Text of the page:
St. Louis, Missouri
September 5, 2005
Mike and I had not planned on visiting Busch Stadium during the 2005 season. It was a 1960’s cookie-cutter stadium entering its’ final season. We had originally hoped to visit St. Louis in 2006 when the new Busch Stadium, which was being built adjacent to the old, opened. After discussing this it was clear that we would be better off waiting a year to visit a ballpark with modern amenities. This plan remained until Mike spoke to veteran Ballpark Tourists and friends Jay and Dan. They shared their experiences of a sold-out Busch Stadium with its’ great history and atmosphere. That night Mike called me and within minutes our plans would change; we were headed to St. Louis.
What sets Busch Stadium and Cardinals Baseball apart are the fans that flock the ballpark year-in and year out. Red Bird fans are synonymous for wearing red Cardinals shirts to each game. I have never seen more team paraphernalia in the 38 Ballparks I’ve visited and doubt that I ever will. As usual Mike and I arrived early, via the Metrolink train, to walk around Busch, but unlike most stadiums the concourse was packed two hours before first pitch. Some of the traffic can be attributed to the Labor Day Holiday, but most of it had to do with the Cardinals opponent and chief rival: the Chicago Cubs. Baseball rivalries transcend the game. Out west baseball fans have Dodgers Giants, back east we have Yanks Sox, but in the Midwest Cardinals Cubs is the only rivalry that matters.
Mike and I purchased Standing Room Only tickets for the 1:15 game. To our benefits the Holiday weekend drew numerous ticket holders to their summer getaways. This enables Mike and me to enjoy the game from 4 different sections. Cardinals starting pitcher Jeff Suppan matched Cubs starter Mark Prior for 6 innings allowing only 4 hits, but an Abraham Nunez error in the 6th led to 2 unearned runs. The 2-2 tie proved to be short lived as the Cardinals gave the 49,646 in attendance something to cheer about. With two one and no outs Cardinals first baseman Albert Pujols blasted a three-run home run into the Cubs bullpen. It was the highlight of the 2005 Ballpark Tour, one of those “How awesome would it be if he hit a home run right here” moments. What a way to end the Midwestern Ballpark Tour! Cardinals 6 Cubs 4.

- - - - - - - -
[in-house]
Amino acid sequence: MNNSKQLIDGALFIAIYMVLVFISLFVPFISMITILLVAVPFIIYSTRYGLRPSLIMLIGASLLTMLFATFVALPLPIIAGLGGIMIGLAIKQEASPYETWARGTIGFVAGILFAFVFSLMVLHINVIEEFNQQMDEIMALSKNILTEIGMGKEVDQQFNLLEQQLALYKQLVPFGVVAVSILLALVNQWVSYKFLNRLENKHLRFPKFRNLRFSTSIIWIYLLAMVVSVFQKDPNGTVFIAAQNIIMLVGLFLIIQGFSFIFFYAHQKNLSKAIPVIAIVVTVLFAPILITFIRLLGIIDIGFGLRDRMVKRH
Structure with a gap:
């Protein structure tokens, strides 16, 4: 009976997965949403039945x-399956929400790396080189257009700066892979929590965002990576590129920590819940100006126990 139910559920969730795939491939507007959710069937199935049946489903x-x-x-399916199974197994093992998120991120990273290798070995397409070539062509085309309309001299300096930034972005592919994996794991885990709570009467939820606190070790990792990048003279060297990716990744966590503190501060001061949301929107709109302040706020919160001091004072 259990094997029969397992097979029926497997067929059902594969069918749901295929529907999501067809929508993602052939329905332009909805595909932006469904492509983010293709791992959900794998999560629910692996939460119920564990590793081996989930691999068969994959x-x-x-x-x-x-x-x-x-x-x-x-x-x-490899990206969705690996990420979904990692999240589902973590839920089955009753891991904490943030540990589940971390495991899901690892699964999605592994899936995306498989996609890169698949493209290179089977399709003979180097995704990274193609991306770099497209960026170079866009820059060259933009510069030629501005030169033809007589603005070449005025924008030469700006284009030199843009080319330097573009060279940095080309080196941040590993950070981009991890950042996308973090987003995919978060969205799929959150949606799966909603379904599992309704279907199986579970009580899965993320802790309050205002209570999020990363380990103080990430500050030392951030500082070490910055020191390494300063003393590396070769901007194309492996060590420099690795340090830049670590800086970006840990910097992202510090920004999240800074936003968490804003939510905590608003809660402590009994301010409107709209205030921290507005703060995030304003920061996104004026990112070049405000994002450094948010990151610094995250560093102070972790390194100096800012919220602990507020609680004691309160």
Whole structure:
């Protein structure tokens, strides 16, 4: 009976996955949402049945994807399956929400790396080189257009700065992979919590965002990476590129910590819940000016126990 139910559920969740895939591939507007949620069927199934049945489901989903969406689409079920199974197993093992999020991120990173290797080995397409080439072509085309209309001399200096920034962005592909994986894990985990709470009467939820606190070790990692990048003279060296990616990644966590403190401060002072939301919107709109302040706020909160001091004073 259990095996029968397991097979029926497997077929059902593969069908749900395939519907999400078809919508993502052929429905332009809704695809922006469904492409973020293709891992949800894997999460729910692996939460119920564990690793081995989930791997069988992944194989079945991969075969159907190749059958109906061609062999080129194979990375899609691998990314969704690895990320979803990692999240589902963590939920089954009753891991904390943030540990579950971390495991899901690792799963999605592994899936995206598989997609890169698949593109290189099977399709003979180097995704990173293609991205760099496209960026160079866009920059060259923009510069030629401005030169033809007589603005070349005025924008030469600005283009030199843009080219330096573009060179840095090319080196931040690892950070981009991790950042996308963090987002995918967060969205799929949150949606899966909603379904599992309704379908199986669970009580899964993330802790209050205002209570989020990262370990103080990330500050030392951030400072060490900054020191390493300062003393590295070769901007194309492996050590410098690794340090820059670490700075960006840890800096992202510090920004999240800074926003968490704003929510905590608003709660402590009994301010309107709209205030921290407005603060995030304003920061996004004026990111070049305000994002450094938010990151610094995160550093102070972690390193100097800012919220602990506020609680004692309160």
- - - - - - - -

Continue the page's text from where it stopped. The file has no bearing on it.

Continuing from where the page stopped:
Although the Cardinals have played their final game in Busch Stadium, a Game 6 loss to the Houston Astros in the National League Championship Series, the memories and history will remain. The Cardinals have been the most successful team in National League history, winning 19 pennants and 11 World Series. Their organization breeds success, as proven by Albert Pujols, a 13th round draft pick out of Maple Woods (MO) Community College by way of Santo Domingo, Dominican Republic. His first five seasons have put him on the fast track to Cooperstown. Pujols’s average season from 2001-2005 was .332 41-127, a ridiculous feat even in the steroid era. His professionalism and leadership have made him the greatest players in the game. Hopefully he can save another memorable home run for my next visit to St. Louis.
Mike and I had a great time in St. Louis. I Pricelined a three-star hotel and was upgraded to the four-start Hyatt Regency Union Station hotel for only $60 a night. Union Station is one of the many landmarks in St. Louis. It was at one time the busiest rail yard in the country, enabling westward expansion. The Gateway Arch symbolizes St. Louis’s role in the expansion of the United States. Mike and I headed to the top of the 630 foot Arch after the Cardinals game and were amazed by the view. Another must see while in St. Louis is the Anheuser Busch Brewery Tour, where the free tour of the brewery commences with two free samples from the fine people at InBev Anheuser Busch. Free beer at 10AM, how can you go wrong?
I am already planning my trip to the new Busch Stadium, which will be an open outfield Ballpark with a view of the Gateway Arch. Like most modern ballparks the new Busch will accommodate fewer fans, but provide them with improved site lines and a wider array of activities. My only hope is that the new Busch is as classy and magnificent as the old.